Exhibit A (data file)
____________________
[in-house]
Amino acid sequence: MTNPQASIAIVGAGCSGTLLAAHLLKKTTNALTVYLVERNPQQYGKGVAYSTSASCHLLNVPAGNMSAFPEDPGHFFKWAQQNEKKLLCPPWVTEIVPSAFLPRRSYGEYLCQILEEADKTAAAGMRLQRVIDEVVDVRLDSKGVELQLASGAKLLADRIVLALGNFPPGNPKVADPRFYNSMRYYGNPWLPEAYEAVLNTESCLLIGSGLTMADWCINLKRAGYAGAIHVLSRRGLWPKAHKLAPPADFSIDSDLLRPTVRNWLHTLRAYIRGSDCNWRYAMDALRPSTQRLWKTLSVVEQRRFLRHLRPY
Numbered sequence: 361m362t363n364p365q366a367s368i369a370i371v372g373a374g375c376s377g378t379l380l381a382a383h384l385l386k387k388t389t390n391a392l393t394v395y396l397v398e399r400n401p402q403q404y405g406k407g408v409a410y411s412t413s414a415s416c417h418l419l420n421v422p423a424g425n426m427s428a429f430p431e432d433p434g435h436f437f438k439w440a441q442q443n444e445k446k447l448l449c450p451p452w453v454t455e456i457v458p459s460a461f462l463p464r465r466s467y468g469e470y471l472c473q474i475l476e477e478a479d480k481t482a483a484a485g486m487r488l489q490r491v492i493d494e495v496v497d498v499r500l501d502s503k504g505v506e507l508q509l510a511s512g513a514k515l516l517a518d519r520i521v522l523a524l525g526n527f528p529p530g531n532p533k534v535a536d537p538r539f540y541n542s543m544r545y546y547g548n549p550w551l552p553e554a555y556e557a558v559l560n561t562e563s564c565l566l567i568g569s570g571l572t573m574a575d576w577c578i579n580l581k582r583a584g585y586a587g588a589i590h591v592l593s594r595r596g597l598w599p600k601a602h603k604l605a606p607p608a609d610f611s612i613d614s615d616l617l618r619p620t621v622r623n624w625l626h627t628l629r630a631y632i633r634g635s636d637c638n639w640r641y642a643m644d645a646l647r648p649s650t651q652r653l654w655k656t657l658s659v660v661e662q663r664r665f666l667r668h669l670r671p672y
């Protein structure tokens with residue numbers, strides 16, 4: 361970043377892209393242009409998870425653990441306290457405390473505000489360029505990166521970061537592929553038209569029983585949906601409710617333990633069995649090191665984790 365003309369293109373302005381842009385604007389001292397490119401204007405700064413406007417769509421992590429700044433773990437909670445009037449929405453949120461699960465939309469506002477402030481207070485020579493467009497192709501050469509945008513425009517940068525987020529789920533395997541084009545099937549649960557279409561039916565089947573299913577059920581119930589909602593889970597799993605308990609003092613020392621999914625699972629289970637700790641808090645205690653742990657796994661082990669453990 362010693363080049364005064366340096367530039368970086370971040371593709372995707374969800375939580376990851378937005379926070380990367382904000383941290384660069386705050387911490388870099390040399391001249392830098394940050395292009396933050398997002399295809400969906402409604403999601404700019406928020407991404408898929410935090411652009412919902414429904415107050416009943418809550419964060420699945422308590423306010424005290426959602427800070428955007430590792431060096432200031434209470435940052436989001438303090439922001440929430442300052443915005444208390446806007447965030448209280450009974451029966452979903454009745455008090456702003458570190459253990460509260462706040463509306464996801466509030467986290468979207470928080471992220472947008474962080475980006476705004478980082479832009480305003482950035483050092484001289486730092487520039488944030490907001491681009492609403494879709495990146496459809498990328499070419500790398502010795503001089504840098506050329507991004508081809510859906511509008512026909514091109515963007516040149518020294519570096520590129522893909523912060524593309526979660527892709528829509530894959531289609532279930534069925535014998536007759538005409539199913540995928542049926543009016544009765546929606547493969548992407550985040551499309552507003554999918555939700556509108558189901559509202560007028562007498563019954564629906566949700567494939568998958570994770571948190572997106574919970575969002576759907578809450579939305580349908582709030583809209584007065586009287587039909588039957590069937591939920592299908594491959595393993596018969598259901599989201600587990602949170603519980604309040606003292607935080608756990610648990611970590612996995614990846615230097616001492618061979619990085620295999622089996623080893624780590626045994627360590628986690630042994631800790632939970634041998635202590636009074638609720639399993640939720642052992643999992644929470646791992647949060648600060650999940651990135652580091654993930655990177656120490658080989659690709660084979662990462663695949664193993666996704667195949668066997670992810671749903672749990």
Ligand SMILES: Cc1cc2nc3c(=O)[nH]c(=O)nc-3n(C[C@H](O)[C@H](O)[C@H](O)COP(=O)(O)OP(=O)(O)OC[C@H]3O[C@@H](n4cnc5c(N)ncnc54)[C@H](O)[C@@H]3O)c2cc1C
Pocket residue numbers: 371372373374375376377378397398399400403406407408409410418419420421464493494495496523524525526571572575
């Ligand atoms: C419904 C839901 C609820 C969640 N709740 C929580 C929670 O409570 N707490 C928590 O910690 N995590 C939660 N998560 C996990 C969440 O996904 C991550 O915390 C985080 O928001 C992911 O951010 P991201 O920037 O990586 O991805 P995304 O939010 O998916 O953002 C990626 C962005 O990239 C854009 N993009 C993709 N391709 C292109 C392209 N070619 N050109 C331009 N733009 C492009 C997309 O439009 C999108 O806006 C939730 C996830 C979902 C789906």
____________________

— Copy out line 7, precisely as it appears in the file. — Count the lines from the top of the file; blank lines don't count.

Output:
């Ligand atoms: C419904 C839901 C609820 C969640 N709740 C929580 C929670 O409570 N707490 C928590 O910690 N995590 C939660 N998560 C996990 C969440 O996904 C991550 O915390 C985080 O928001 C992911 O951010 P991201 O920037 O990586 O991805 P995304 O939010 O998916 O953002 C990626 C962005 O990239 C854009 N993009 C993709 N391709 C292109 C392209 N070619 N050109 C331009 N733009 C492009 C997309 O439009 C999108 O806006 C939730 C996830 C979902 C789906």